Mumbai: With the lot size of government borrowing tending towards the heavier side, the recent rally in the 10-year bonds is expected to reverse. As a result, investors who want to buy bond funds should sit tight till a clearer picture emerges in October, Amandeep Chopra, head of fixed income at UTI Asset Management Co. Ltd, said in an interview. Edited excerpts:
We are seeing Rs11,000 crore to Rs15,000 crore government borrowing every week to complete 63% of the programme in the first half of the year. How comfortable are you with the borrowing sizes and their frequency?
Graphic: Yogesh Kumar/Mint
The borrowings were expected to be front-loaded so the borrowing calendar has not thrown up a major surprise on that front. The higher percentage of issuance in the five-nine year segment can be taken a bit positively as its acceptability due to lower duration and hence relatively lower mark to market will be better in the SLR (statutory liquidity ratio) books of banks. However, the frequent issuance in our view could fatigue the gilt markets.
This time around, the Reserve Bank of India (RBI) looks like it doesn’t have enough room to manoeuvre. Last year, it had market stabilization scheme buyback and open market operations. How can RBI manage this borrowing programme?
Broadly, the twin overhang of gilt supply and inflation will continue to dominate market sentiment. The calendar for the first half of financial year 2011 points towards constant weekly issuance, which may lead to a sort of fatigue in the markets and keep yields under pressure. We expect most of the recent rally in the 10-year bond to reverse and the 10-year bond to broadly inch towards the 8% mark. However, we do not expect it to breach that level just as yet.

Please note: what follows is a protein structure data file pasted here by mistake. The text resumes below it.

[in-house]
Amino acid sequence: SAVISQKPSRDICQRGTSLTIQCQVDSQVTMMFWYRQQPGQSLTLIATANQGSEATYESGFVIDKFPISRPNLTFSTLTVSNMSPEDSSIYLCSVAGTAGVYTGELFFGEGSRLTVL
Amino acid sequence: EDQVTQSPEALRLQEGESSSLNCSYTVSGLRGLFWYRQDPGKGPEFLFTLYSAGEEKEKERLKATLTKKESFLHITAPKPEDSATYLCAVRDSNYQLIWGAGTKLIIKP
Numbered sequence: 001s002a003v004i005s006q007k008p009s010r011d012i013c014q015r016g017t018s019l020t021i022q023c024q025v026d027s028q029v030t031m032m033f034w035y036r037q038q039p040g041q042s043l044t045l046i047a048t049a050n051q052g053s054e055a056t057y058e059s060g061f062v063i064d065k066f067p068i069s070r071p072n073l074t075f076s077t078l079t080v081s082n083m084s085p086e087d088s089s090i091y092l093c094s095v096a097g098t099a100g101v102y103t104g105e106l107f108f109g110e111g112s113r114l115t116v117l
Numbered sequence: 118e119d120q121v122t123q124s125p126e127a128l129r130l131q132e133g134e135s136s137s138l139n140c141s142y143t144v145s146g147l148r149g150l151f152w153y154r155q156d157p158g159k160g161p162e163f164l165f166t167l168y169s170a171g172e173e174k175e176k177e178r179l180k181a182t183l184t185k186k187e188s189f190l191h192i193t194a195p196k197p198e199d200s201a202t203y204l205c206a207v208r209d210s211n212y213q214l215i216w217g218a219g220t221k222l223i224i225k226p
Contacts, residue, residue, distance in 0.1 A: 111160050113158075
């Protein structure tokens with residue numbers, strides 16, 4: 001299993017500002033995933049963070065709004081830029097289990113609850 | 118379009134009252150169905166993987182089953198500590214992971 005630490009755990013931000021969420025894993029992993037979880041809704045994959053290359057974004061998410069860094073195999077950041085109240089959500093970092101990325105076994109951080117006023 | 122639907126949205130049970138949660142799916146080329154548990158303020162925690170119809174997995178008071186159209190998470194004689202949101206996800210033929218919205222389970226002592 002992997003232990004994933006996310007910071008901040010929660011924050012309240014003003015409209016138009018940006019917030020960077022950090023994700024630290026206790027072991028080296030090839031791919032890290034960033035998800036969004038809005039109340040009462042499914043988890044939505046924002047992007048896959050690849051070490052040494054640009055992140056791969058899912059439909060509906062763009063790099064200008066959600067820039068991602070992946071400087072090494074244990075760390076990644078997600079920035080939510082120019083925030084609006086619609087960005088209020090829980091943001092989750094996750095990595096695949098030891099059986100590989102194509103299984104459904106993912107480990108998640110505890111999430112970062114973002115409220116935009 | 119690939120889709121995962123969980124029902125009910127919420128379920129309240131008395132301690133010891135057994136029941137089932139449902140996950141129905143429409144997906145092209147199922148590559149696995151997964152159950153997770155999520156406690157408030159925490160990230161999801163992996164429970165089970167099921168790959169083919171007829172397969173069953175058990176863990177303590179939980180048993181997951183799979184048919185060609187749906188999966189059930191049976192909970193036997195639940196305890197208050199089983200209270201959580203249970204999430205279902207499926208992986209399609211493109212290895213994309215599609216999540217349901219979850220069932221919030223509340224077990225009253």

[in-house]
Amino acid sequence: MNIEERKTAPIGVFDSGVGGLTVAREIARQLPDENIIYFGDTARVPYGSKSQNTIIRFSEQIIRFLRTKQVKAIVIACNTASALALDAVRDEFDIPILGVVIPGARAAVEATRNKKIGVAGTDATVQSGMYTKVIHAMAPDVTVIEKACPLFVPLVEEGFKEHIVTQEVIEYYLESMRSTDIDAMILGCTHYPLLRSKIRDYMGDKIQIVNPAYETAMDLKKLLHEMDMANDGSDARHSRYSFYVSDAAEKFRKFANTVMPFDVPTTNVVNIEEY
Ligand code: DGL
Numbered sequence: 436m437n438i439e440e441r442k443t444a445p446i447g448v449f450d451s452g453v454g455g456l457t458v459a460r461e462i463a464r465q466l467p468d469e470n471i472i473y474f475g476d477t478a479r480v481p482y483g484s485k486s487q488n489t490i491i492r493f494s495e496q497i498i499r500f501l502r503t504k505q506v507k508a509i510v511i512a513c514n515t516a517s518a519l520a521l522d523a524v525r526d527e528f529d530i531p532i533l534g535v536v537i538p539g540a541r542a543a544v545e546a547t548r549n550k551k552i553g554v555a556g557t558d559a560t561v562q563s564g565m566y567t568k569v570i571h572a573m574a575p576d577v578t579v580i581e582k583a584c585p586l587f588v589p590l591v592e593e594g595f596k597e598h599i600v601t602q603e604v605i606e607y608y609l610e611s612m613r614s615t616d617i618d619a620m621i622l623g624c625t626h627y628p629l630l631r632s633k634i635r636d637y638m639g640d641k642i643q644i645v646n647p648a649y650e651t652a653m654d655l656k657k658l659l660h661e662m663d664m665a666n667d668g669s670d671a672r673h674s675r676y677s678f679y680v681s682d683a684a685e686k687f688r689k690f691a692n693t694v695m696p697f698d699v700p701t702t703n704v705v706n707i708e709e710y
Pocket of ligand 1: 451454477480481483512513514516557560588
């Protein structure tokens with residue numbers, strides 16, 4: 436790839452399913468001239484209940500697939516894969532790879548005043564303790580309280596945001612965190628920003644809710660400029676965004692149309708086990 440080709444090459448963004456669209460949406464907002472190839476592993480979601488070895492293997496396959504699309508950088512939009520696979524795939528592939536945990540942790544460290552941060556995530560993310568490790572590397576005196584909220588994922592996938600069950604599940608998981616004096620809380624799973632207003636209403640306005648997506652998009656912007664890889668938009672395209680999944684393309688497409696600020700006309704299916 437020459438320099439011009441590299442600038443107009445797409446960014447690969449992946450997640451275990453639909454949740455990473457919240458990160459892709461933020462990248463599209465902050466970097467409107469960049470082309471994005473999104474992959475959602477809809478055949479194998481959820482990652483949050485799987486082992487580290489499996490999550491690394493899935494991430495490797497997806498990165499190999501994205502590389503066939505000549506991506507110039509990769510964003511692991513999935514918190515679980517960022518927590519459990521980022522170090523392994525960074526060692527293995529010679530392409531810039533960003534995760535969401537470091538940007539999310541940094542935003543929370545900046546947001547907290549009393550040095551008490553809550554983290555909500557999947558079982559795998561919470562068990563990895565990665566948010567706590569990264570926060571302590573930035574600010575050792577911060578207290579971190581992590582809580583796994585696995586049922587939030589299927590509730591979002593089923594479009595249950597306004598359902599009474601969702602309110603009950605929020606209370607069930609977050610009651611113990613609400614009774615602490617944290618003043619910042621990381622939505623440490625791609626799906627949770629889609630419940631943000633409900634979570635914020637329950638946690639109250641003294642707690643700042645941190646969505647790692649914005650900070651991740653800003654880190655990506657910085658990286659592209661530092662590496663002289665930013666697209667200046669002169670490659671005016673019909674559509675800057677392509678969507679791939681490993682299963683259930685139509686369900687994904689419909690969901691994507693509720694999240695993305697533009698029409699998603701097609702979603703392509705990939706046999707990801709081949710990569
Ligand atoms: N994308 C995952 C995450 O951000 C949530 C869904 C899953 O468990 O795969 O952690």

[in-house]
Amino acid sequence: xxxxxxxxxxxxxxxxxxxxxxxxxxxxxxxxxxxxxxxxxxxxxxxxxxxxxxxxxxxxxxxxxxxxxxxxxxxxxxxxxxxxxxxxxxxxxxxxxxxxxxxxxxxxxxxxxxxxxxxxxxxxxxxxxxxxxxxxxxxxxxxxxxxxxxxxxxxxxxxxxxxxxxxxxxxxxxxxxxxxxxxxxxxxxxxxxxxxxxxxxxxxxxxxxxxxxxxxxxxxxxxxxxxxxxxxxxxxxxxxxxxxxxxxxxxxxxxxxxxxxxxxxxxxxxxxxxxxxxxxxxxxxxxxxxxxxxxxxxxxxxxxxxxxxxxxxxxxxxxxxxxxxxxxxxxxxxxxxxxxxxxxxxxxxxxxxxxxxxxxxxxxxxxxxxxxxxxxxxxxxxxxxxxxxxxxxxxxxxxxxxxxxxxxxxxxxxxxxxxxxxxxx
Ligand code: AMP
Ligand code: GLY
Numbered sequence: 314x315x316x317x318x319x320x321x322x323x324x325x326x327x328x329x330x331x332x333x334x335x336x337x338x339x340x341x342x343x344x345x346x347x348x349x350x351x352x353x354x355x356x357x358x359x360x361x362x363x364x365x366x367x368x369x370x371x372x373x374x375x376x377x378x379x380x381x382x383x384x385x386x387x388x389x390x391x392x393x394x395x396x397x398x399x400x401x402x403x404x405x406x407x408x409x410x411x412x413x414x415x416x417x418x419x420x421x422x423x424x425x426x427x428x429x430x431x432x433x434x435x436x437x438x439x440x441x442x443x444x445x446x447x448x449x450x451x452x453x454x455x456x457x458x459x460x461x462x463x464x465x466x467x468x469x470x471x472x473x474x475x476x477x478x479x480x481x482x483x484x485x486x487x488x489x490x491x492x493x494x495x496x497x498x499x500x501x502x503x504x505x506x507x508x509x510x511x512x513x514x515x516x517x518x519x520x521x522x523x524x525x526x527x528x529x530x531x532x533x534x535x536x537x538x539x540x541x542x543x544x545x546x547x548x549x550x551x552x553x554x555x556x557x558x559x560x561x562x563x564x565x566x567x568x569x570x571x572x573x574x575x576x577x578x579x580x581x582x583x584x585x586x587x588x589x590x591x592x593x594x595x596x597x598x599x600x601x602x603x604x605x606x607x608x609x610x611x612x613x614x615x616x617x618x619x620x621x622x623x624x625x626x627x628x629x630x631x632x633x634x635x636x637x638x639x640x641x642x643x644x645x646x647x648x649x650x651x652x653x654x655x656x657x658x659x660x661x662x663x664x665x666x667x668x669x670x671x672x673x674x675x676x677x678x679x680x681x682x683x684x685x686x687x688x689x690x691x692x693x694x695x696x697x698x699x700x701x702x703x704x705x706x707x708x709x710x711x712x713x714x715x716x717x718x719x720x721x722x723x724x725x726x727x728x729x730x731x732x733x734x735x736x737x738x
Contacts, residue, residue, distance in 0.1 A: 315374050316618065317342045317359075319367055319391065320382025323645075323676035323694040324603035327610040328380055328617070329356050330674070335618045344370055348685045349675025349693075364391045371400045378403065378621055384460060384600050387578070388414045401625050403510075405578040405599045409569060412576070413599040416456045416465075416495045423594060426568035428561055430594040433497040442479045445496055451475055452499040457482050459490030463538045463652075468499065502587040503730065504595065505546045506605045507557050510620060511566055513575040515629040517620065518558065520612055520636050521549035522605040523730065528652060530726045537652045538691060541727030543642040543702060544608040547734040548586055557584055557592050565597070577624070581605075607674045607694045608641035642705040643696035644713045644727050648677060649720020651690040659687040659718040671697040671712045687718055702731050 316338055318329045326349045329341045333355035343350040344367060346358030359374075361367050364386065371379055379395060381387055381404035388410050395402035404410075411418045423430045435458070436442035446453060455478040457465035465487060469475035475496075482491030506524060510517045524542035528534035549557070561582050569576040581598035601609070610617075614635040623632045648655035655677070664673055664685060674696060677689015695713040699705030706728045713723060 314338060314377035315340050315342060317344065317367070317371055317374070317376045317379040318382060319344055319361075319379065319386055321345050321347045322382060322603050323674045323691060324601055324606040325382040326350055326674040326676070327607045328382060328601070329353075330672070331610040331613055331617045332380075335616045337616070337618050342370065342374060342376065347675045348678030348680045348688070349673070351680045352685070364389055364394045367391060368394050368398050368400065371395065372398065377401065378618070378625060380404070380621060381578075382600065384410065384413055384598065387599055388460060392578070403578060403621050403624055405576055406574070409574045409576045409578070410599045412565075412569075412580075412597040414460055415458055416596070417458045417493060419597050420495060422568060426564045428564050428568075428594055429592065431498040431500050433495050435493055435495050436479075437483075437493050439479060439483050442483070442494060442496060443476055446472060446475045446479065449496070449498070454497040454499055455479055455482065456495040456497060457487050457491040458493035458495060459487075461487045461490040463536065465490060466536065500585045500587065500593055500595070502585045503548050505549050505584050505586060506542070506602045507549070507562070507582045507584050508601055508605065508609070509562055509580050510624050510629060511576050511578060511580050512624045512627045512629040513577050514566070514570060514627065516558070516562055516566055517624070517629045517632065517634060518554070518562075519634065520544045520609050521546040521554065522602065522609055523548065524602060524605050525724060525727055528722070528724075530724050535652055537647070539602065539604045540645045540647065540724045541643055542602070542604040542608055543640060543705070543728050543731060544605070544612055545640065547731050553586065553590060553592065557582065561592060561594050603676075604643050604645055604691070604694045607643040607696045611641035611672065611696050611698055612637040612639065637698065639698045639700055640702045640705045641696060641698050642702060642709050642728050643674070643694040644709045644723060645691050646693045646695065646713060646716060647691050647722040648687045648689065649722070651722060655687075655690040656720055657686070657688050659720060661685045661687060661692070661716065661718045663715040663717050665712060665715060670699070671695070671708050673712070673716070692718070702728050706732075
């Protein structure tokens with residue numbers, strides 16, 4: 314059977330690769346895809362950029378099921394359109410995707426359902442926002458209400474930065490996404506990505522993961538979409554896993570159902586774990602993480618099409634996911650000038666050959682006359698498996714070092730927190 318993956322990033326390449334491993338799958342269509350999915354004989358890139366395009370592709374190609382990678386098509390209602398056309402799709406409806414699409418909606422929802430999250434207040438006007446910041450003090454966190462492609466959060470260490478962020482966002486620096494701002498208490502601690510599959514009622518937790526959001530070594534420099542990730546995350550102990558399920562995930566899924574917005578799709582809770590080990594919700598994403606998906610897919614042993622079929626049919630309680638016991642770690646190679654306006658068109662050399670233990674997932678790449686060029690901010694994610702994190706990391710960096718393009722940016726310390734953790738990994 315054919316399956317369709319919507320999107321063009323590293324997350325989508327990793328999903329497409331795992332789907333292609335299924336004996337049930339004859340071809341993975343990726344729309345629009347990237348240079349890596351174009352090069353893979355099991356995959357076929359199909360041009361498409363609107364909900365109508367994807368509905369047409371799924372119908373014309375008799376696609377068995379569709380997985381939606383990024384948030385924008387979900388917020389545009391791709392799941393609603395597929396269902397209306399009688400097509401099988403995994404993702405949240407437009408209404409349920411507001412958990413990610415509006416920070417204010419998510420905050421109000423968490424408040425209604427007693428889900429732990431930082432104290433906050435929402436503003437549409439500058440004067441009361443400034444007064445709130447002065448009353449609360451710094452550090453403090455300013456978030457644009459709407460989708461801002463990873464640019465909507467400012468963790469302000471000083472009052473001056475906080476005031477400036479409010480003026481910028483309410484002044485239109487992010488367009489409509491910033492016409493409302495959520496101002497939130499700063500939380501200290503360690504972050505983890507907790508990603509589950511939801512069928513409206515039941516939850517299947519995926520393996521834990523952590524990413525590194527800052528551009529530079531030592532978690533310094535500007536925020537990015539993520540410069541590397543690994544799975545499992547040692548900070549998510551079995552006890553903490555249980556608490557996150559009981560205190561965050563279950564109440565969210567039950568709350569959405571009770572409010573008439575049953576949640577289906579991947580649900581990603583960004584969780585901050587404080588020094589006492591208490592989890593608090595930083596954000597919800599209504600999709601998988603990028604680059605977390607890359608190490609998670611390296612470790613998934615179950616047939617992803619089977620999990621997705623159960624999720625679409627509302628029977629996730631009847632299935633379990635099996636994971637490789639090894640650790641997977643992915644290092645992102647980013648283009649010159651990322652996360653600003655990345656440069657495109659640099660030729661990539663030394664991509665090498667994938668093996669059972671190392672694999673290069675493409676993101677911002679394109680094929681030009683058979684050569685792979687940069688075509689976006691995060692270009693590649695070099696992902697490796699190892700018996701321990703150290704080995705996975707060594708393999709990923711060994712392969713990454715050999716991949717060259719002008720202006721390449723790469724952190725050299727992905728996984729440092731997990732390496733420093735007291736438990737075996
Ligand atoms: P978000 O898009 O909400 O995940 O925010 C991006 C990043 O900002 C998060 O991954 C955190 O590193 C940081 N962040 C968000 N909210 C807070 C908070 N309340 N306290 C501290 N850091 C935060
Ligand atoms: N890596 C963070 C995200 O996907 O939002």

The last couple of days we have seen a sudden fall in yields. Is that sustainable? What year-end level are you looking at for 10-year bond yields?
The markets are going to look towards RBI for direction and support for borrowings. With policy rates trending towards a neutral level, it will be negative for the gilts unless RBI comforts the markets with open market operation support, which will clearly be required for the borrowings to go through without any disruptions.
However, the outlook from a 12-month perspective makes us believe that the 10-year bond should largely trade between 8% and 8.5% thereafter for most of the year.
Liquidity is expected to tighten after a few months, but the supply of paper will continue. Any thoughts?
RBI is clearly wary of rising inflation and after highlighting the risks will not like to step back from its intent to tighten liquidity and neutralize policy rates, so the overall tone will remain hawkish. We do not see any major global event in the focus of the domestic debt markets. However, yields at the short end of the money market are expected to revert to end-February, early March levels with the liquidity in the system returning to those levels next week. Banks will again have comfortable liquidity while credit offtake will remain relatively weak.
Do you think this is the right time for investors to buy bond funds?
Bond funds may not perform in this environment and mostly would look to trade or sit on a low duration. A clearer picture for the bond (and gilt) funds to increase duration in our view will emerge around October.